26. 26. 26 2. Chemical debridement the canal system 3. Disinfection 4. Final shaping of the canal system Diamond coated files have also been introduced to the combination of ultrasound energized debridment, activated irrigation and aid in canal cleaning and disinfection. Technique : Initial root canal lengths determination and apical preparation are accomplished with small hand files. - Subsequent canal preparation is performed with smaller sized ultrasonic files, which are precurved prior to entry into the canal. - The file motion used in ultrasonic root canal preparation is essentially a push – pull action enhancing dentin removal. - Circumferential more cement of the files is also associated to achieve the smooth tapering canal shape. - A side to side action or lateral morcement activates the irrigant solution, which improves its disinfecting and cleaning qualities. For Endosonic system the manufacturer recommends that 2.5% Sodium hypochlorite solution be used to derive the maximum benefit of ultrasonics. The continuous, high volume, flow-through irrigation and aspiration, within the root canal, create the equivalent of an “ultrasonic bath”. This allows three – dimensional debridement of the complex root canal marphology by the hydrodynamic action and enhanced physical chemistry of the activated irrigant.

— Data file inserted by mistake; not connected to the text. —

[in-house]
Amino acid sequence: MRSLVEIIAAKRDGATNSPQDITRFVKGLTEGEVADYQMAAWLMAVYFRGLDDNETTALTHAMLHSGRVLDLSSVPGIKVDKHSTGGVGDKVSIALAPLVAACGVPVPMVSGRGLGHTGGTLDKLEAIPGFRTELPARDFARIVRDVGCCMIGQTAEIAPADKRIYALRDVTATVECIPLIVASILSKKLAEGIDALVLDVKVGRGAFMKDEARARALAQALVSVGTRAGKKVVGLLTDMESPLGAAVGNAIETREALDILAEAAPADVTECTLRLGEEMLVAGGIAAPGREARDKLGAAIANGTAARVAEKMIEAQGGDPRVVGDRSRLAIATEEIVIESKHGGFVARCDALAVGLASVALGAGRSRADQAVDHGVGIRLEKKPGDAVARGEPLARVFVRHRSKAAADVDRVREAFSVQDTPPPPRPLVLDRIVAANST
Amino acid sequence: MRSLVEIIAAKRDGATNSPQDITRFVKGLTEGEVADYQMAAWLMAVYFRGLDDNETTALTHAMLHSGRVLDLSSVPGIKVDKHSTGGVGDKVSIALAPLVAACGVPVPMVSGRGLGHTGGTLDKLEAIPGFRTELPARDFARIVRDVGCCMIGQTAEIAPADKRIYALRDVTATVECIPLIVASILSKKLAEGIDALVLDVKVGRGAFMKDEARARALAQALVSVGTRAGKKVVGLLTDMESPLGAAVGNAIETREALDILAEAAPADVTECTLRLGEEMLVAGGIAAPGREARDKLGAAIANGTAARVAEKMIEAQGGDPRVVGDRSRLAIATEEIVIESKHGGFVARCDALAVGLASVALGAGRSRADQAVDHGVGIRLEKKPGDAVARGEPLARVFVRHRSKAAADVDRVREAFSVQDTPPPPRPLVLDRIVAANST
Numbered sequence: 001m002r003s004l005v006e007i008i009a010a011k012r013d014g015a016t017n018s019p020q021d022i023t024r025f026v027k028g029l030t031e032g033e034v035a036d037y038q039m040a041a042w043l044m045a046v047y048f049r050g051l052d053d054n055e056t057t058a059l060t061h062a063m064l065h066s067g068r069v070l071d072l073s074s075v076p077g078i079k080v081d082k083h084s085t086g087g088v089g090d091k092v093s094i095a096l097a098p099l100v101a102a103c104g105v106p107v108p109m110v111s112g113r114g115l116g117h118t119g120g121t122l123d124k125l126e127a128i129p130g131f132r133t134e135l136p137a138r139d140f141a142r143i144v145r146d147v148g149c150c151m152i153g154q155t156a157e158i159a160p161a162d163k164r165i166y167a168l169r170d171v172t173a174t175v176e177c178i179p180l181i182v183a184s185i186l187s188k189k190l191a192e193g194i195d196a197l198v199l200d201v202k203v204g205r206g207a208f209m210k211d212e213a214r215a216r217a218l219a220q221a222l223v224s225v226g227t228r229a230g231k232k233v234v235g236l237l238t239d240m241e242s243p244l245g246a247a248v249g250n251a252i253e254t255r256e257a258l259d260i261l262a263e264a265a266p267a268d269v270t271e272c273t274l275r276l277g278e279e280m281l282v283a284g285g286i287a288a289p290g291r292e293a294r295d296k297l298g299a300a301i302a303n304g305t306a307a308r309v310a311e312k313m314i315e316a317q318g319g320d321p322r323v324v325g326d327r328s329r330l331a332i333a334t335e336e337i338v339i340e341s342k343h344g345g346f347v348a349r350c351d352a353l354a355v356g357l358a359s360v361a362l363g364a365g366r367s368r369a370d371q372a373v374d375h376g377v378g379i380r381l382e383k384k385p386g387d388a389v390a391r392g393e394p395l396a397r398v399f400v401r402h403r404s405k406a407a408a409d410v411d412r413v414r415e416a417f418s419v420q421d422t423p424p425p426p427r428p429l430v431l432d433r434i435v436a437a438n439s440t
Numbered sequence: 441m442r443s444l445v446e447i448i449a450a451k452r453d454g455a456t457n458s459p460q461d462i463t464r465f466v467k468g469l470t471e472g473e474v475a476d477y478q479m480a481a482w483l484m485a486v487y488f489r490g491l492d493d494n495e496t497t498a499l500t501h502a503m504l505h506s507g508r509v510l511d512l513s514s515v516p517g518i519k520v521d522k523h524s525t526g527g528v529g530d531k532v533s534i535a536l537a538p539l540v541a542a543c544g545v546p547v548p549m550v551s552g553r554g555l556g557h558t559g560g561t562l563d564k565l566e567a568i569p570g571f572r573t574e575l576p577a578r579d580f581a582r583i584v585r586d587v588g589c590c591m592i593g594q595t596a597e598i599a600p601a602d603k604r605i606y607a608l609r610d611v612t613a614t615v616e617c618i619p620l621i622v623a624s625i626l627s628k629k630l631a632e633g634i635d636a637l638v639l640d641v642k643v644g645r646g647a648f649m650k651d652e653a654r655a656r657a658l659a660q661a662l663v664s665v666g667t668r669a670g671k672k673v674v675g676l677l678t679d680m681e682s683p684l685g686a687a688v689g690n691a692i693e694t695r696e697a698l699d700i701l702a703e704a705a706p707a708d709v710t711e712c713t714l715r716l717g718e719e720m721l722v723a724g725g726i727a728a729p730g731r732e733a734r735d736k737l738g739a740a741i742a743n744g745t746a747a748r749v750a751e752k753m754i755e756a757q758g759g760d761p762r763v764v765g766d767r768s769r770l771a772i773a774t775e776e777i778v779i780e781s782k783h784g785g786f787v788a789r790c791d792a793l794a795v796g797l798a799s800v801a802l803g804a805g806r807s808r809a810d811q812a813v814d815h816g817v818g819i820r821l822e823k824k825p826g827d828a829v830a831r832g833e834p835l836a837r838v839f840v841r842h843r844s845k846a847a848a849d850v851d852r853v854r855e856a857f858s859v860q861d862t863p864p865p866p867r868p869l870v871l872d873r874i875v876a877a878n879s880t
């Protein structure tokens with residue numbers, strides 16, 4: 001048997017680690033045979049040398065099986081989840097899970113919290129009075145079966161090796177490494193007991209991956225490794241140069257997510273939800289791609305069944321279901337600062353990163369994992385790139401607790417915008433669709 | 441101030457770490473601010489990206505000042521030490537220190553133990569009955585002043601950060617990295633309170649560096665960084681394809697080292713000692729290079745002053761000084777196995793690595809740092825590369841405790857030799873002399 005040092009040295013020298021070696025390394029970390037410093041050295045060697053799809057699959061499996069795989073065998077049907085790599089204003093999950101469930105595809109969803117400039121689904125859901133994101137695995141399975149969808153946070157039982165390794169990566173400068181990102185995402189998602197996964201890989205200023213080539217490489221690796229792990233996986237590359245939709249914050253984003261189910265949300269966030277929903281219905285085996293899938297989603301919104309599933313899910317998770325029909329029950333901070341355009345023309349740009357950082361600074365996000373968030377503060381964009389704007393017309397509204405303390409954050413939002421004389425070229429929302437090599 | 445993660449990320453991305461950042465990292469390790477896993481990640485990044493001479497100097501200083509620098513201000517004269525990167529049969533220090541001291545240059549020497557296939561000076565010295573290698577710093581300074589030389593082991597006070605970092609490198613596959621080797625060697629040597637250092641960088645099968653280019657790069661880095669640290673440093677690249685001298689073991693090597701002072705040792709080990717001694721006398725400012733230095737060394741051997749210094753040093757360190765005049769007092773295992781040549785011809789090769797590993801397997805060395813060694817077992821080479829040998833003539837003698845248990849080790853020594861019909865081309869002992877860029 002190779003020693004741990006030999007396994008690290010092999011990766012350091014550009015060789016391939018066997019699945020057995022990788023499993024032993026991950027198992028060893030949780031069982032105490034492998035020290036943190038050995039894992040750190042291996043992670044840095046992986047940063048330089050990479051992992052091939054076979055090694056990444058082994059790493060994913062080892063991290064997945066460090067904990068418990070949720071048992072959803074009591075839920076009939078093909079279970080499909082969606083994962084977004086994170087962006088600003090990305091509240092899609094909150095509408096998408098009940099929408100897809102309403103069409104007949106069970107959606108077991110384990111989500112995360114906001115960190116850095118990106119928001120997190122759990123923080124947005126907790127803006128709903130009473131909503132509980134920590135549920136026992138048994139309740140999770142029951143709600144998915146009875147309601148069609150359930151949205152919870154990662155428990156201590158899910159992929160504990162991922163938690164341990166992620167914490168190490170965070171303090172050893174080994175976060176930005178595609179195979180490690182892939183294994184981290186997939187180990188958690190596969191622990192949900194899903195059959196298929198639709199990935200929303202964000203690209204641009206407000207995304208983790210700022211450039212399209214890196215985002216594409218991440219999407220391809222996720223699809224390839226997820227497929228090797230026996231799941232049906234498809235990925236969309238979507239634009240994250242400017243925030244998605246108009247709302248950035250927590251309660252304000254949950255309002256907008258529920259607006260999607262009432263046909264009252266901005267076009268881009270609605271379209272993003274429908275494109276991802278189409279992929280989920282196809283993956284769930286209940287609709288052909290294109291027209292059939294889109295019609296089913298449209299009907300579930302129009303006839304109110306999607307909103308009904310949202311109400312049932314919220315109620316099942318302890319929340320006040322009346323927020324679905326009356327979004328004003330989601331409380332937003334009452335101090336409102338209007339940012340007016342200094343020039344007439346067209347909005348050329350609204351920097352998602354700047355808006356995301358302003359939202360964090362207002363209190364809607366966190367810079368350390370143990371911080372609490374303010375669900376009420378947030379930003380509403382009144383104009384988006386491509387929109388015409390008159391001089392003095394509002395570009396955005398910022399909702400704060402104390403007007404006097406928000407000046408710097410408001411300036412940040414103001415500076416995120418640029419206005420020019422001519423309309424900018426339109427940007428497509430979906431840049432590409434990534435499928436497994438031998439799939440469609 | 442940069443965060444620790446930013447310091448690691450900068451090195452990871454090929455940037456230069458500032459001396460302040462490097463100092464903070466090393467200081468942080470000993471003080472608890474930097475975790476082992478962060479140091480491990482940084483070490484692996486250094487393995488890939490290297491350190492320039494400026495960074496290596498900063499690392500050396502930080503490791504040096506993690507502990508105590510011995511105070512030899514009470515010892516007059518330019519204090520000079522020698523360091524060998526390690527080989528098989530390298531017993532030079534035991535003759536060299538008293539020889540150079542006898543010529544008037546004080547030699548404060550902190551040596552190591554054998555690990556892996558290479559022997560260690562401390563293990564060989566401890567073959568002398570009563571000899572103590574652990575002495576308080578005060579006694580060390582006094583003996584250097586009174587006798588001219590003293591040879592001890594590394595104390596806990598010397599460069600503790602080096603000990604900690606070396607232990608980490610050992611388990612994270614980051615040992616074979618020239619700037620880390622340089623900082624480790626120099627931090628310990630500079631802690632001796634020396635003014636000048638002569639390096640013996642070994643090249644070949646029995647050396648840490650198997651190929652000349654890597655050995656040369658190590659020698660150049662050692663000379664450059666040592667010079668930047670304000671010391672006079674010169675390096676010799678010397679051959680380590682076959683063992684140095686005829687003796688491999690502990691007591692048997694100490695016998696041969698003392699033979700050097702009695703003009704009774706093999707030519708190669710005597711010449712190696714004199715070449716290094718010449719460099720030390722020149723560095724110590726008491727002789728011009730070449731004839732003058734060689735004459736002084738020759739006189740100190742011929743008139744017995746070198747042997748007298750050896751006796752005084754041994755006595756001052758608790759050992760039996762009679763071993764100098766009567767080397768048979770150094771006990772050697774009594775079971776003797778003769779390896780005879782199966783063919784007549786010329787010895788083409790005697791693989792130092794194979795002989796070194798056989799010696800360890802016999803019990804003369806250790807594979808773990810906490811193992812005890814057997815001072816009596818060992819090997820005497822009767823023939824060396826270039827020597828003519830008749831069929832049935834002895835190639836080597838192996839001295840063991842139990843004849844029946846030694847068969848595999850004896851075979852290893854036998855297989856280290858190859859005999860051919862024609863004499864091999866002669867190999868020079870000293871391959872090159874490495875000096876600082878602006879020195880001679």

27. 27. 27 - The combination of continuously activated irrigation and the energized files produces a multidimensional synergistic system that results in a biologically cleaner root canal systems. - The combination of ultrasonic waves and a microbiocide results is an extremely efficient system. The improved effect is due to the 1. Agitation 2. Acoustic streaming 3. Cavitation Created by the ultrasonic waves emitted from the energized file. However, extreme care must be exercised in areas of the canal system where the canal is close to the external root wall – for e.g., Mesial roots of mandibular molars. Because of the efficiency of ultrasonic cutting, rapid perforations may occur. SONIC SYSTEMS: The development of the Endostar 5 and the endo sonic air 3000 introduced sonic vibratory canal cleaning and shaping to endodontics. - The sonic cutting that accurs, coupled with the sonic irrigating solutions reduces fatigue and stress during canal preparations. - For canal cleanliness, ultrasonic activation with a No. 15 file for 3 full minutes in the presence of 5% NaOCl produced “smooth, clean canals, free of the smear layer and superficial debris.